This story first aired on December 14, 2015.
These days, if you’re sitting on a South Florida beach and someone shouts, “Shark attack!” it’s probably got nothing to do with “Jaws.” Instead, it’s all about feet.
Namely, a sport called footvolley.
Footvolley is a blend of soccer and beach volleyball that was invented a half century ago in Brazil – a country obsessed with both soccer and the beach. It’s now catching on in the U.S. – especially in South Florida communities like Deerfield Beach, where a Pro Footvolley Tour international tournament was held last month.
Brazilian-born players might have been the stars of the event, but as the day wore on you heard less Portuguese in the stands and more English. Americans dropped by from the beach and nearby resort hotels – drawn by a captivating display of athletic skills most had never seen before.
“That was awesome,” said Alisa Hadley of Georgia. “Y’know, how they can move and then jump up in the air and kick it like that. I think it’s great – I’ve already put it on Facebook.”
Hadley also observed how well conditioned the players were.
“The guys are sure good-lookin’, I’ll tell you that.”
One of those guys is Sergio Menezes, playing for the U.S. team. Menezes is a Brazilian-American from Miami Beach, and he’s the Pro Footvolley Tour’s president.
“It combines the world’s most popular two sports, basically – soccer and volleyball,” says Menezes. “Half the planet plays those sports. And then you add them together and it’s better than each one.”
Many will debate that claim – but the game is certifiably cool.
Like beach volleyball, footvolley has two players on each team and it takes 21 points to win a game. But like soccer, you can’t use your hands.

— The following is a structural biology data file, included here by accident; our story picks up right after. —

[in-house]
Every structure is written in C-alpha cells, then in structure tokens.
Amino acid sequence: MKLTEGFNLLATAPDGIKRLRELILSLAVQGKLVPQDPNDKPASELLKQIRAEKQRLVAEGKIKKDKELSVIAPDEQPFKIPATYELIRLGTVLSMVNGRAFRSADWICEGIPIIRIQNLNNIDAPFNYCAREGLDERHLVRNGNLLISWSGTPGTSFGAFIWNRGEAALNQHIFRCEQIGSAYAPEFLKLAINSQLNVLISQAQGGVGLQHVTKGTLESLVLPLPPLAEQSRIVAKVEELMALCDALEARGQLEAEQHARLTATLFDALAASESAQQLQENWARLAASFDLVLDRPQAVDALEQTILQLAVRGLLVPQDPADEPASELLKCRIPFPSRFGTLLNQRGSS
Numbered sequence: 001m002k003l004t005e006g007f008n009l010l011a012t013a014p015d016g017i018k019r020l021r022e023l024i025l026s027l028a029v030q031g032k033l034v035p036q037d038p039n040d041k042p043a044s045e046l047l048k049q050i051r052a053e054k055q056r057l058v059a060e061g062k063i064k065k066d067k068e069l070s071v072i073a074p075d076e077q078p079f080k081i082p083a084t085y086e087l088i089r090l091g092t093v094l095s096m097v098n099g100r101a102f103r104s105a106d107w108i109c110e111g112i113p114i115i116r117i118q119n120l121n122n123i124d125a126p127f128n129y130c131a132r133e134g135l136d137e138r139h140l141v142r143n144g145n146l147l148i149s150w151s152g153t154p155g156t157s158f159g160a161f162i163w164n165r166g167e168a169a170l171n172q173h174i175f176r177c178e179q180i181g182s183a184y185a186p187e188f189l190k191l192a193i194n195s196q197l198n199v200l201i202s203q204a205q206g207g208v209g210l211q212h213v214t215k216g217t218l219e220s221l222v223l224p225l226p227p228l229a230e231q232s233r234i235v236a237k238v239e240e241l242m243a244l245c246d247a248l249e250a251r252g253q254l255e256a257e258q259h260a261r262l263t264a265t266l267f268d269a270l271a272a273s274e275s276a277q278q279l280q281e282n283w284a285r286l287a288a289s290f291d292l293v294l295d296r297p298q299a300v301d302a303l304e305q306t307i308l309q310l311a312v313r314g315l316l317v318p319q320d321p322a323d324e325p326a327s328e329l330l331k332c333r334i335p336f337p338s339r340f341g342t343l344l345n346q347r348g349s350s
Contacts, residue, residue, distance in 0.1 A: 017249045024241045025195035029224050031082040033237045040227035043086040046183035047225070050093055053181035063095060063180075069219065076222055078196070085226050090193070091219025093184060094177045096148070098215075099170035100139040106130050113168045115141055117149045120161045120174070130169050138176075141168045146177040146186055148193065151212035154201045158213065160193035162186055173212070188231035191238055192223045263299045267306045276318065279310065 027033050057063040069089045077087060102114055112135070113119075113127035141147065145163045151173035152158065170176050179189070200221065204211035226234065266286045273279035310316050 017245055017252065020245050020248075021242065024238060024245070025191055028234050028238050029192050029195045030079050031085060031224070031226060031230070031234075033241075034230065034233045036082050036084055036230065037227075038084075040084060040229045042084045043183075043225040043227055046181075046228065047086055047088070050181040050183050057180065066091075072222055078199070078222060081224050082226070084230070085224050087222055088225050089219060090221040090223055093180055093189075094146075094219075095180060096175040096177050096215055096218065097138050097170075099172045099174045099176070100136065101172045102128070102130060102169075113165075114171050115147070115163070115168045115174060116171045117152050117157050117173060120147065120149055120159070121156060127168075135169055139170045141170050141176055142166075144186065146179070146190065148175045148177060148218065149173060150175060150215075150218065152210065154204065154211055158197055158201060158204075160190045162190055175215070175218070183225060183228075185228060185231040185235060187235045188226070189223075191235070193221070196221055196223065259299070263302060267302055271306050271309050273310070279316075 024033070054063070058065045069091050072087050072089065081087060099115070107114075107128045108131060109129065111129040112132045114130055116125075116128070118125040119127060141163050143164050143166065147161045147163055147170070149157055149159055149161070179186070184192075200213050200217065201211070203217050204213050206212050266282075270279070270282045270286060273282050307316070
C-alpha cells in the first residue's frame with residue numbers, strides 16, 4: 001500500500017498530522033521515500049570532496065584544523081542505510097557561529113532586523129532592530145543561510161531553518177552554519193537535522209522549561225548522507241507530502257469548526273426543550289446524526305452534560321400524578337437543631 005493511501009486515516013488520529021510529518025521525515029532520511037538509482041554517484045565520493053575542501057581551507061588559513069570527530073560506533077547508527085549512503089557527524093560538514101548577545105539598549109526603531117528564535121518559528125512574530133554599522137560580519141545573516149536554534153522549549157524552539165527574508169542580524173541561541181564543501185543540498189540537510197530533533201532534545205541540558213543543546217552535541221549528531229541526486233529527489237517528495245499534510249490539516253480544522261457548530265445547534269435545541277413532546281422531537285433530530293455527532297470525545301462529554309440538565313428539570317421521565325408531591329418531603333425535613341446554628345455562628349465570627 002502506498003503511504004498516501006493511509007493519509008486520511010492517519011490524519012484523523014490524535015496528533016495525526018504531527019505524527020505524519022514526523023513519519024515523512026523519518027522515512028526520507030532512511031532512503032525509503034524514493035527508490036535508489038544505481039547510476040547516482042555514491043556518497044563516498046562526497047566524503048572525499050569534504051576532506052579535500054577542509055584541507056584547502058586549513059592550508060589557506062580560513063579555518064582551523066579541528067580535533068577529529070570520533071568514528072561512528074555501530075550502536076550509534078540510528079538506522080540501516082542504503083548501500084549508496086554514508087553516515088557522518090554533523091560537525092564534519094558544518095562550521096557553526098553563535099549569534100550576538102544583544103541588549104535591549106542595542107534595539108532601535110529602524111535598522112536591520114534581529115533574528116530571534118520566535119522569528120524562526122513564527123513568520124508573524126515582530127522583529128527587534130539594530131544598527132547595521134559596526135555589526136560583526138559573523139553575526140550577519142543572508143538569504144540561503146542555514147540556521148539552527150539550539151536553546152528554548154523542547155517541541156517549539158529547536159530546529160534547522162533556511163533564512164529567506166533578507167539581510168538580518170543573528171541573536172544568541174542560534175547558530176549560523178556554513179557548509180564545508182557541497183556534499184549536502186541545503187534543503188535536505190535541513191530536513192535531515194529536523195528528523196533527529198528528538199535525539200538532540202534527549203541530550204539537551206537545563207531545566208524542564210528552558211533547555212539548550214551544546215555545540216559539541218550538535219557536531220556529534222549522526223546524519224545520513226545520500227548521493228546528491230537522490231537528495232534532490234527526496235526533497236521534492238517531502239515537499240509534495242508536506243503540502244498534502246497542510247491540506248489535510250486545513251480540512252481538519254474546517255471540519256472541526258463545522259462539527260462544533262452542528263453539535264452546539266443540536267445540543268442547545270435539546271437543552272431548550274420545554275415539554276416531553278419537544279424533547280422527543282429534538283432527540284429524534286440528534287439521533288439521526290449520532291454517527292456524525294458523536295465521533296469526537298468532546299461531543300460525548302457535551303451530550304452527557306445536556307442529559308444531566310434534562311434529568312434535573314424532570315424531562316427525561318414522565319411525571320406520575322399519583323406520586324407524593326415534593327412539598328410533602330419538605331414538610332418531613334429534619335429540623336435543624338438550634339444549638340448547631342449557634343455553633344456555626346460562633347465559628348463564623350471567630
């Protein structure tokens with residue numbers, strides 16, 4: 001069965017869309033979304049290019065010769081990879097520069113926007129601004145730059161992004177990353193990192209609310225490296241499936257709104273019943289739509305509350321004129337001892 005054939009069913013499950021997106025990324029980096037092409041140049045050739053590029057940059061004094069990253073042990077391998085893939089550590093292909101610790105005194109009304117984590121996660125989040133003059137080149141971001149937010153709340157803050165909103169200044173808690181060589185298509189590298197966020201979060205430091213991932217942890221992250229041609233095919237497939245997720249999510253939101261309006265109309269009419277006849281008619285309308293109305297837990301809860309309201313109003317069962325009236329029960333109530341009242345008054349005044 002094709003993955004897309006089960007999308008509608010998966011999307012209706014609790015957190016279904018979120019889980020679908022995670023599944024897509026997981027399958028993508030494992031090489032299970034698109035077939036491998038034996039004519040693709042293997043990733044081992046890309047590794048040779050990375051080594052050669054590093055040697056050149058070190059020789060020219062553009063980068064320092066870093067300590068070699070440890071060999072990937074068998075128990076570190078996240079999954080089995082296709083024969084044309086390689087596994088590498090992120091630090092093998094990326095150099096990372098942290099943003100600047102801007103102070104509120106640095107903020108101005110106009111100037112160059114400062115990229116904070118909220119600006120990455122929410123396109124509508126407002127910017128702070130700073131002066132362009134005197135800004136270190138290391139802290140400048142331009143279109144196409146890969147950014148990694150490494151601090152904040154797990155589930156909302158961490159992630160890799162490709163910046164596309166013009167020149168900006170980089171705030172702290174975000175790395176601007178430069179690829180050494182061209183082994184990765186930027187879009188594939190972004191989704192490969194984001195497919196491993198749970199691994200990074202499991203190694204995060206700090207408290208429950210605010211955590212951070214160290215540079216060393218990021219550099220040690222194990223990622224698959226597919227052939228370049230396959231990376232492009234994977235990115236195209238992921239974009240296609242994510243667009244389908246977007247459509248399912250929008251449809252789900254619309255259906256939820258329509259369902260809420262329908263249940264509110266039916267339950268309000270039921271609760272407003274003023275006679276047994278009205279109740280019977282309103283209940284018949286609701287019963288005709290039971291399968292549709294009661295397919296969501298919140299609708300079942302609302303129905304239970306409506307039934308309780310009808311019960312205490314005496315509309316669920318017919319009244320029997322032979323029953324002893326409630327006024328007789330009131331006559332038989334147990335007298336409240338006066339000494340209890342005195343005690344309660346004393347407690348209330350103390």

To serve the ball, you tee it up on a mound of sand and kick it over the net. The opposing team gets three touches of the ball before returning it – and that’s when the awesome part starts.
The players dig, pass and set the ball with their feet, thighs, shoulders, chests and heads. Sometimes they look more like circus performers than athletes.
“Controlling the ball is harder than in soccer or volleyball,” says player Luiza Alves, 19, a Rio de Janeiro native studying sports business at Jacksonville University. “But more fun.”
And if the ball is set just right above the net, you get to see footvolley’s marquee attraction:
The "shark attack."
In a shark attack, players spike the ball over the net using their feet.
That means getting your toes 6-feet-8-inches high in the air. Slamming the ball back at your opponent. And then landing in the sand below without breaking a limb. Which is why, if your shark attack scores, it’s worth two points instead of one.
“It’s hard man – you can screw up your back if you don’t time it right and land with your hands in the sand,” says Brazilian-American footvolley veteran Adriano Boente.
Boente is a shark attack master – or make that “Monster,” his footvolley nickname. A Deerfield Beach construction contractor, he’s built like a bulldog and smiles like a calendar fireman – the kind of crowd-pleaser obscure sports need to catch fire.
“I think one day the footvolley explode in America,” he insists. “I really think so.”
The Pro Footvolley Tour now has up to 50 teams. It’s also signed up A-list sponsors like Bud Light and broadcasters like the Spanish-language Univision network – as well as more than a dozen regional sports networks.
But to really take off in the U.S., it’s counting on Brazil: Menezes and other footvolley enthusiasts are lobbying hard to get footvolley included as an exhibition sport at the 2016 Summer Olympics in Rio de Janeiro.
“I think it will be a huge legitimizing factor,” says Menezes.
If it happens, it will help footvolley attract more talented athletes – just as Olympics exposure spawned beach volleyball stars like Misty May and Kerri Walsh.
“What we need now are more of the athletes that are really gonna wake up and train every day,” says Menezes.
Footvolley is converting good soccer players like Leah Morales, a former soccer pro in Europe who traveled all the way from her home in Santa Cruz, Calif., to play in the Deerfield Beach footvolley tournament.
“I’m 28 years old,” says Morales. “It’s not like I’m old, but playing 90-minute soccer games on turf is hard on your body. So footvolley, I can play all day long, hang out on the beach. It’s the best thing ever.”
It’s also attracting beach volleyball players like Paul Lauginiger of Daytona Beach.
“I’m impressed by the skill level,” says Lauginiger. “This should be an Olympic sport. But Florida? This sport is perfect for Florida.”
Someday it might even be monster.
The next Pro Footvolley Tour event in South Florida is the Pompano Beach Invitational, Jan. 15-17.